As we progress further in our knowledge of transport, we will actually calculate the full temperature fields within heat transfer problems.

An alternative way to determine the heat flow is to use the
temperature profile in conjuction with Fourier's Law; *this is
particularly useful (in fact, necessary) for problems where
the heat flow varies with position!*

Suppose a given problem yields a temperature profile of the following:

$\displaystyle{T =T_2 + \beta(1-r^2) + \gamma \ln(r)}$

We could plug this into Fourier's Law in cylindrical (or spherical) corrdinates:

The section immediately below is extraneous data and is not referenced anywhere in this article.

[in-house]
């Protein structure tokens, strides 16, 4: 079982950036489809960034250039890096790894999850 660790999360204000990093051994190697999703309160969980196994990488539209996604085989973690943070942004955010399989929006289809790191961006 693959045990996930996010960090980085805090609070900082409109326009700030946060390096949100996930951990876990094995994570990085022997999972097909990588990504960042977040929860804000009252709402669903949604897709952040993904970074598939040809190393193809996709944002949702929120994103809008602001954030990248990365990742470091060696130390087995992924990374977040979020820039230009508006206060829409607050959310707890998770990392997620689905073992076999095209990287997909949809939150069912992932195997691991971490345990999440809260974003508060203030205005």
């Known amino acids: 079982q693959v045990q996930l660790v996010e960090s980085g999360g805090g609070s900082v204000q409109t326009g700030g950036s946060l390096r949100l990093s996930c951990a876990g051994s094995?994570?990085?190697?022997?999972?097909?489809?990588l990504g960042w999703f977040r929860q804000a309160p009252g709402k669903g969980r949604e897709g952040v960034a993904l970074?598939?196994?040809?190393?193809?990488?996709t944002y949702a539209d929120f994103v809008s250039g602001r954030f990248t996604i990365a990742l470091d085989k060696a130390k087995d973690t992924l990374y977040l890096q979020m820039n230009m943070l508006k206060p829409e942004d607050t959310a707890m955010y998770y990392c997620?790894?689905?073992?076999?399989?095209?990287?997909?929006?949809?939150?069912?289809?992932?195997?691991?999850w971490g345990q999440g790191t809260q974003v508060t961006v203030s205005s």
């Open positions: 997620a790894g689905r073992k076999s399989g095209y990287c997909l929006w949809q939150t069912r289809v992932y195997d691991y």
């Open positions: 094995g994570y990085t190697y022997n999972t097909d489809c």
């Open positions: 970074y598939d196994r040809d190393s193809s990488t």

$\displaystyle{\frac{q}{A} = -k \frac{dT}{dr}}$

where dt/dr is given as

$\displaystyle{\frac{dT}{dr} = -2\beta r + \frac{\gamma}{r}}$

Combining these equations yields a flux of

$\displaystyle{\frac{q}{A} = k\left (2\beta r-\frac{\gamma}{r} \right )}$

or (in cyliundrical coordinates), a flow of

$\displaystyle{q = 2\pi k L \left (2\beta r^2-\gamma \right )}$

where q is clearly now a function of position.

Determine the heat flow through these solids from their temperature profiles